Inspiration from Montessori

Maria Montessori really 'got' children. She also understood human beings in general. Through her observations, she saw and wrote about many of the amazing discoveries that are today being proved through neuroscience. One of her great realisations was that children need to be connected to the environment around them: that we have to explain the world to them, and show them how to use it, rather than just assuming they know.

One of my favourite times of the year as a Montessori teacher was when new children started and we spent the first few weeks on 'orientation'. This could range from using the toilet, to preparing a snack or choosing an activity, even learning how to hang their coat up or blow their nose. This supported their desire for more independence, and they loved it!

Sometimes we just expect children to know how to do things and how to behave. I remember one parent asking me why her child was struggling with doing her buttons up on her coat. This was leading to frustration from the child, well-meaning offers of help from mum, and a fierce refusal of that help from the child; something many parents and teachers will be able to relate to!

When I asked the mum how she had shown her daughter to do 'buttoning', she stopped, looked surprised and said, "Oh, I didn't think of showing her!" This isn't unusual! We think that by helping the child, they are learning automatically. To some extent, of course, this is true. Children have remarkable minds that absorb everything that they experience. However, to really help them to be independent, we can break things down into smaller steps:

  • Identify the things your child is finding hard to do (this could be anything from a young child learning how to fasten a coat, to saying please and thank you, to an older child tidying their bedroom and pretty much anything else you can think of).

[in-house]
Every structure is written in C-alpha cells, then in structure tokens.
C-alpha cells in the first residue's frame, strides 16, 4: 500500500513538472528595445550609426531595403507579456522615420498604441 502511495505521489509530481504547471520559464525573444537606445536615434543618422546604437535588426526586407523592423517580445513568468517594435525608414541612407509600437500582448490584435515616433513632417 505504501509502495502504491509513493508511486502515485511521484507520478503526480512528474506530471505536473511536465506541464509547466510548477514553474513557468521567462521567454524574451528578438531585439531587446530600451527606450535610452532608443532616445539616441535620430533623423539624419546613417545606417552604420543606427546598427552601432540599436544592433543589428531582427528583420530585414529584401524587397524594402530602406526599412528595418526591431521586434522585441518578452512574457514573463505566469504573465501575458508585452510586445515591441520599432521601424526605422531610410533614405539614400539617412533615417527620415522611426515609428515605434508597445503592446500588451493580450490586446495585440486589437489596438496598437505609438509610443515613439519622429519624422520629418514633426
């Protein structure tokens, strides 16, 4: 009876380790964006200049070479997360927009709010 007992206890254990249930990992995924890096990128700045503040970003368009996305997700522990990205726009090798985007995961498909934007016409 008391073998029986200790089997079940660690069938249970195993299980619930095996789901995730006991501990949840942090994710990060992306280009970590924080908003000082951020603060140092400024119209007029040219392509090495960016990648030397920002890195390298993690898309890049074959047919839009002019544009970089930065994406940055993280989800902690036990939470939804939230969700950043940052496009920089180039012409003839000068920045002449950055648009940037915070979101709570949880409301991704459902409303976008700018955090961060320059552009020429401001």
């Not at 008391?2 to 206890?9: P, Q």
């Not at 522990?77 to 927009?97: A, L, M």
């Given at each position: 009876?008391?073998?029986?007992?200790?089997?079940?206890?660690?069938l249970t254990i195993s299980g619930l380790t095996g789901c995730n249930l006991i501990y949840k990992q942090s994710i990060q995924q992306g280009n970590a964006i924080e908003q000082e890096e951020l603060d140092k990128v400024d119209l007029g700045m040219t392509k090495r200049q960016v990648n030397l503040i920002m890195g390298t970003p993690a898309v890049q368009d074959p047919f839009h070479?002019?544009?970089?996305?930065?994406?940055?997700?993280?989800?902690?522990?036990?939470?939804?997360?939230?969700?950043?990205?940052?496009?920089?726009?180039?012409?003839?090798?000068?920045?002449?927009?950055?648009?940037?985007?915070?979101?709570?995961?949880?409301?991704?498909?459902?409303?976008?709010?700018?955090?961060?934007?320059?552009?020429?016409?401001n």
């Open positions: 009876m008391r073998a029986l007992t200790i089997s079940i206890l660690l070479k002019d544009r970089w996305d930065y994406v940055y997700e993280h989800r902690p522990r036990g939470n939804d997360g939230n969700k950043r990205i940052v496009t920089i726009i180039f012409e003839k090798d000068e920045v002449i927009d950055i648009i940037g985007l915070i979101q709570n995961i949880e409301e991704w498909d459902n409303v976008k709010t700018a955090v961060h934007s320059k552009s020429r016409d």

• Work out, without the child present, how to show them the skill. You might want to think about how you move (the slower the better), and how to make it feel like an exciting challenge (rather than being told off for not already doing it!).
  • Show your child the skill or activity, making sure it is at a time when they are relaxed and happy. For example, if you want them to learn how to say please, it's best to do this out of the blue one day, rather than when they have just forgotten to say please and are feeling defensive. If they are feeling defensive or embarrassed, they won't be open to listening or learning.
  • Now you can use this experience as a helpful reminder in the future: "Do you remember what we talked about the other day? Let's have a go at using that now!" Children love the respect that they feel when we use this way of reminding them rather than 'nagging'.

How does all of this help your child? Once we have shown them how to use the things around them, and how to navigate the world, they feel connected to that world. Once they feel connected, they feel safe and secure. Safety and security leads to confidence, a strong sense of self-esteem, and independence.

And these things lead to happiness :-)

Challenging Times

When challenging times arise in any relationship, it's easy to focus on what is wrong and get lost in the worry and the detail. This is no less true than in our relationships with children.

"Why is she doing this?"
"I know he knows better than this!"
"If only he would listen"
"Sometimes she is amazing, and then we have a horrible day."

Thoughts such as these take over, and it is easy to lose sight of everything else. There is a common thread of thinking that if we do nice things with children during times of negative behaviour, we risk 'spoiling them' or 'rewarding bad behaviour'. With this in mind, we end up telling them off, sometimes calmly, but often less calmly than we would like. The result is usually stressed, cross and unhappy adults and children.

The reason for this is that when we tell children off and withdraw the nice things in life we risk engaging - or enraging - the part of their brain that sends them into a 'flight, fight or freeze' response. When they are operating from this part of their brain, they end up trying to avoid us, fighting back, or freezing with fear. They are also filled with adrenaline and cortisol: stress hormones which make it impossible for them to listen to what the adult is saying. None of this will lead to better behaviour, in fact the opposite is true, and we end up in a vicious cycle of negative behaviour and anger.